Saturday, June 1, 2024

Pedalpalooza Kickoff party and ride

I decided I’d skip Coffee Outside this weekend, and go to the Pedalpalooza kickoff party and ride instead.

I enjoyed myself while I was downtown, bumping into friends and ogling the wide variety of bicycles and other human-powered vehicles.

I arrived a little before 3:30 and enjoyed the proceedings, walking around and snapping photos.

By 4:30, there were several thousand people gathered, filling the North Park Blocks while waiting for the start of the ride at 5pm.

At 5pm, the ride kicked off, cruising slowly to NW Broadway, then turning left to cross the Broadway Bridge. I pedaled along slowly, finding myself surrounded by other riders whose bikes passed me, sometimes with less than  half a foot between us. Once upon a time, this would not have fazed me at all and I would have easily held my line without worry.

Today, though, was my first group ride since before the pandemic, before Covid and Long Covid and everything else. And today, I simply could not feel comfortable holding my line with others passing so close. I got dizzy and a little thrown off, and I knew I would have to pull over and get out of the way. My Pedalpalooza Kickoff Ride was over after four blocks.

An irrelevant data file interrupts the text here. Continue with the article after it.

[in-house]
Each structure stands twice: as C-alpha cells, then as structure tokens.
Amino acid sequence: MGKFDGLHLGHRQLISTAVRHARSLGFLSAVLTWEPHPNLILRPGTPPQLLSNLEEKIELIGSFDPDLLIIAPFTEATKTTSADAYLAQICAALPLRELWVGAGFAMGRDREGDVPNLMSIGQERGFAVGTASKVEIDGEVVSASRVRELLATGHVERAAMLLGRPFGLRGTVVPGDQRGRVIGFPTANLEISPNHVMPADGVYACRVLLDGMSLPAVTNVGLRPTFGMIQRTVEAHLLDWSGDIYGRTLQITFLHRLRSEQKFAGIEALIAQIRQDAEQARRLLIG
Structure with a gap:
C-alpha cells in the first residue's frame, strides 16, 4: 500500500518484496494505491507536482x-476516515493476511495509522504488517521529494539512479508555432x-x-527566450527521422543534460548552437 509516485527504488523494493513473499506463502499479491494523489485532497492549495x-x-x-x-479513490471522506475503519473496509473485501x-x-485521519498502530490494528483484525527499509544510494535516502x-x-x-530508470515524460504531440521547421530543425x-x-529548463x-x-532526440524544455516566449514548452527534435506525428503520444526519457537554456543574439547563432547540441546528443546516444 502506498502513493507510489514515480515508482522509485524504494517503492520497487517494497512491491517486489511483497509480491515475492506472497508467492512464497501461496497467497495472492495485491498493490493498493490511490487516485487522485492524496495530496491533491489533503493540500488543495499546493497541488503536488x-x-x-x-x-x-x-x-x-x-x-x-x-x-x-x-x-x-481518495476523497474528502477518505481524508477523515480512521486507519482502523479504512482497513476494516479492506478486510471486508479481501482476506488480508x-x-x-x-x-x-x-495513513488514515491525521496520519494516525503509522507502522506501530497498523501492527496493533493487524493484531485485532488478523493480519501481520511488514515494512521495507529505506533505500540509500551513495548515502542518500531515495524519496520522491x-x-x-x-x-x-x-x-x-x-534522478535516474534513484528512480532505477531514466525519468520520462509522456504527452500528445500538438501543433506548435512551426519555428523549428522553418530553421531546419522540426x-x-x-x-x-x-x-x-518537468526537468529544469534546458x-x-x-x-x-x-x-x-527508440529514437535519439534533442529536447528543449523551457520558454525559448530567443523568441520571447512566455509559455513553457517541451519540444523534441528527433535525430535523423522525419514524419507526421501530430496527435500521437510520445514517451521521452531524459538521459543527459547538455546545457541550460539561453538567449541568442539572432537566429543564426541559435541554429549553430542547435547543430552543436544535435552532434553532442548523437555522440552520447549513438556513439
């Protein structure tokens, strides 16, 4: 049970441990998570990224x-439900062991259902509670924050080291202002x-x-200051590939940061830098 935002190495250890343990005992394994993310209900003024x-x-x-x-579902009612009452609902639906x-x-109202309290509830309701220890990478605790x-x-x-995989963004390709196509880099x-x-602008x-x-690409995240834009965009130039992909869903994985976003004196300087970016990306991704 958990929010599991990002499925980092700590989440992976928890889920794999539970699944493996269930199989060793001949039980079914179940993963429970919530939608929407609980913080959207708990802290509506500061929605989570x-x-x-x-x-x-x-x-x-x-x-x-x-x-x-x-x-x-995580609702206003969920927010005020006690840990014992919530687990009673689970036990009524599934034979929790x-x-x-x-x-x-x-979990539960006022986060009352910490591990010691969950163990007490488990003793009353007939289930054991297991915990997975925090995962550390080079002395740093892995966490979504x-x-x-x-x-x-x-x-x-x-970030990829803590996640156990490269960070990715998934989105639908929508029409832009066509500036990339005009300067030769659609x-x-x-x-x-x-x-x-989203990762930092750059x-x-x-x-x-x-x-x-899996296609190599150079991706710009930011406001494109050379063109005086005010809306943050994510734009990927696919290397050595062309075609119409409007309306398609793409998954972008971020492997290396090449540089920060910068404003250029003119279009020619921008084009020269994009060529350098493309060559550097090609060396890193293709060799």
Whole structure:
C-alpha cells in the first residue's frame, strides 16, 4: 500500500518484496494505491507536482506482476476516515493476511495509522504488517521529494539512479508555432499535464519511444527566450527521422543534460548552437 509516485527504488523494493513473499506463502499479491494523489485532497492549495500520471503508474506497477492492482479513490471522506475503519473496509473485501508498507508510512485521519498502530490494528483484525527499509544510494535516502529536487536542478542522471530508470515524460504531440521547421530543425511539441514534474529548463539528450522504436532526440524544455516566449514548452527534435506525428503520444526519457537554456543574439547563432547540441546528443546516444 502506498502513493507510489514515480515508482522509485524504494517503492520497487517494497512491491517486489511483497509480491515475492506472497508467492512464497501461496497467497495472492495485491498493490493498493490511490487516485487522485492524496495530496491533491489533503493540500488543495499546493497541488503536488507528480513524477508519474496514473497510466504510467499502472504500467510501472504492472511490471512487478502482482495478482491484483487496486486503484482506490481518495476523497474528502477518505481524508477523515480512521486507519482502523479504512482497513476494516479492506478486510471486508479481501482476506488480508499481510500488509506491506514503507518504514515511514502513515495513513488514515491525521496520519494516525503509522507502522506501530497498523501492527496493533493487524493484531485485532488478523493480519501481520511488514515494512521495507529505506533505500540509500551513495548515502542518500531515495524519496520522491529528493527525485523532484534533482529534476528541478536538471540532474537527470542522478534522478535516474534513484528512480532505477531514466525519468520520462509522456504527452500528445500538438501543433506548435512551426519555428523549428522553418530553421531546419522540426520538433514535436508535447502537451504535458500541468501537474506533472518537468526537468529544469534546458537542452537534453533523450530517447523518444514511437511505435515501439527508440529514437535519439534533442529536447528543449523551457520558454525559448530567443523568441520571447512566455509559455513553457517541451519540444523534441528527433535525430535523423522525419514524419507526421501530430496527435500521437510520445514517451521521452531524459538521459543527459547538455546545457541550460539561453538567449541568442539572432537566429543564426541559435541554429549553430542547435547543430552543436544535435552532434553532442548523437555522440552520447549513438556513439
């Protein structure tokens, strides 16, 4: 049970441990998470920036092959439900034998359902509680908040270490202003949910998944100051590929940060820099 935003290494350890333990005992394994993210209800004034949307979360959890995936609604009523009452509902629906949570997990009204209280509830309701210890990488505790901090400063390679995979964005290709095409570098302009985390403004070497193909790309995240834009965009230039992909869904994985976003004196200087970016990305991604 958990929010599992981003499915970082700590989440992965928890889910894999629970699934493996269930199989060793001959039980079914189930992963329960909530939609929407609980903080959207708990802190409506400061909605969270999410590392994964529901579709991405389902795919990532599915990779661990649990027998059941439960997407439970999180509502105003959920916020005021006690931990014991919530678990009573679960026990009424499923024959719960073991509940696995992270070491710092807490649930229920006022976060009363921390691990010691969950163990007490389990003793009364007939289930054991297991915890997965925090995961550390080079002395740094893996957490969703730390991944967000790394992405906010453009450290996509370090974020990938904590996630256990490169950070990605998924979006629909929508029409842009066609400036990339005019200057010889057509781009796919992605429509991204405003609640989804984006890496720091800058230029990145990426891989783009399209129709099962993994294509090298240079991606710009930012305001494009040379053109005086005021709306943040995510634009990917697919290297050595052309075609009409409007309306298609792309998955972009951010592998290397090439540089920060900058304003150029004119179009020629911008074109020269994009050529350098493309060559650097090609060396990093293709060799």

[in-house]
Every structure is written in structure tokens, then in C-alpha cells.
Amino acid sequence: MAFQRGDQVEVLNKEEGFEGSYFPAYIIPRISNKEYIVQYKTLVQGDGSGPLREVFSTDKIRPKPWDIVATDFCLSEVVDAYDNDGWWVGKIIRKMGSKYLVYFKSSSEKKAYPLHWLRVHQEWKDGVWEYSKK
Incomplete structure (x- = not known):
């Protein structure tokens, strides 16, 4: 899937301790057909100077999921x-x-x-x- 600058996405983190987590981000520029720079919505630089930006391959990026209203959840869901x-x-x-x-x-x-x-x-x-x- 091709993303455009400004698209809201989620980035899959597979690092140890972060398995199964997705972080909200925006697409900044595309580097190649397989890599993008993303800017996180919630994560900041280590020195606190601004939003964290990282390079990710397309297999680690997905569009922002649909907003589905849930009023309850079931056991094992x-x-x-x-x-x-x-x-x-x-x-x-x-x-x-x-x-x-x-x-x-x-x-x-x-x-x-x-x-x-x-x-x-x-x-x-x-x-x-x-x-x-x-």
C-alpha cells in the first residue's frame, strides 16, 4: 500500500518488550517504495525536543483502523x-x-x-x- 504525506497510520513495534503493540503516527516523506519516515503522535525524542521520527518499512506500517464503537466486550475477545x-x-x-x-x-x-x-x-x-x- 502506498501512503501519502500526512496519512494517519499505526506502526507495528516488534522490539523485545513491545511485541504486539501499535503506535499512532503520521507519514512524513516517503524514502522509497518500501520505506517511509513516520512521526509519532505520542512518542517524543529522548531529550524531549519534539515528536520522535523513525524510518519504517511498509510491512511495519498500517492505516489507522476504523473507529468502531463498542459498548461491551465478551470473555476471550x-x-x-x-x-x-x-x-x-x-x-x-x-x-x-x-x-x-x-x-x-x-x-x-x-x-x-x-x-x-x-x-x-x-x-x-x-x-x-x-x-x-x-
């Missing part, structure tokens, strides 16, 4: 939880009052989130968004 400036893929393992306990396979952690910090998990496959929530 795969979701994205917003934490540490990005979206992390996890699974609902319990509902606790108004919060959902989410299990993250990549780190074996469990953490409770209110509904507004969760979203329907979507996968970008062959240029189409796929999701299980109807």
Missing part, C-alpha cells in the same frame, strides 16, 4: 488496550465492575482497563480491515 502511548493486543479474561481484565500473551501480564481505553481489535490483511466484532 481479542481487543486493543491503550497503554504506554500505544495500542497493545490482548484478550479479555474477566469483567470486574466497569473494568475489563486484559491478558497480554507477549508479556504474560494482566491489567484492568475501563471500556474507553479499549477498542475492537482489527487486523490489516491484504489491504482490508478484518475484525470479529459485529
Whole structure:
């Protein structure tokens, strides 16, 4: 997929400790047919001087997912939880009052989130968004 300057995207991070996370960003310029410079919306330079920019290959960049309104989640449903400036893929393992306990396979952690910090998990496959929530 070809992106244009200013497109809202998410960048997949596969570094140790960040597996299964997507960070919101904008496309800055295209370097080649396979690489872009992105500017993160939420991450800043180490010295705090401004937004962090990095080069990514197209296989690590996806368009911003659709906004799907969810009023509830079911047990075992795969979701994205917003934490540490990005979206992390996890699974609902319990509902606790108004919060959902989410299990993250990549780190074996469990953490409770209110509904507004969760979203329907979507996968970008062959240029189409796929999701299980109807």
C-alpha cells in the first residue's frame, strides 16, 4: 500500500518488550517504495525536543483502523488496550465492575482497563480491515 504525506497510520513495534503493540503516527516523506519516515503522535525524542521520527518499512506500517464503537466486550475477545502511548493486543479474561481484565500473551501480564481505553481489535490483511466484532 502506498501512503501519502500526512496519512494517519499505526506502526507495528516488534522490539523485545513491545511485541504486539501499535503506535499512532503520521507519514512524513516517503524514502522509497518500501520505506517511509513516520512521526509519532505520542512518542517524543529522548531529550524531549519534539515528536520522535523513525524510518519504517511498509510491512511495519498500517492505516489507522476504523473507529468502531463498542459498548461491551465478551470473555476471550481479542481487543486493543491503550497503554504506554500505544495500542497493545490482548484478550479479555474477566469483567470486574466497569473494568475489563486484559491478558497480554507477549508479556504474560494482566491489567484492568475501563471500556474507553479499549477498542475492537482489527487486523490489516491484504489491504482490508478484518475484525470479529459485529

I pulled up onto the sidewalk, feeling sad and sorry, and then I watched as several thousand riders in a dense bunch streamed past me. 

I knew I had made the right choice. I was sad, and also philosophical about it. Long Covid, a long hiatus from riding and the passage of time had taken away some of my comfort, stability and confidence. It had also taken away my stamina. I knew immediately that even if I had felt comfortable enough in that huge crowd, I wouldn’t make it over the bridge and up the hill to Laurelhurst Park, some six miles away. It was all just too much for the rider I had become now.

I waited until the last of the throng had passed me, and then I turned and rode towards the nearest MAX stop. I would ride the train up the long hill to Overlook, them hop out and ride the last two miles home.

Riding alone, I felt less wobbly and mostly held my line. I wasn’t trying my head quickly either way to look out for other riders, and I was riding in a bike lane, and that was preferable by far. 

I stopped at Peninsula Park to admire the roses, most of which are in bloom now. It was a good way to end my evening, and I was able to feel gratitude for being able to ride alongside such beauty as this.

Enjoy Bike Summer, and happy riding.

1 comment:

Tim said...

Beth, my dear friend, you rock! I find I don't much enjoy riding in huge groups, elbow to elbow these days either. I understand the sadness, but I am glad you also found joy in the day.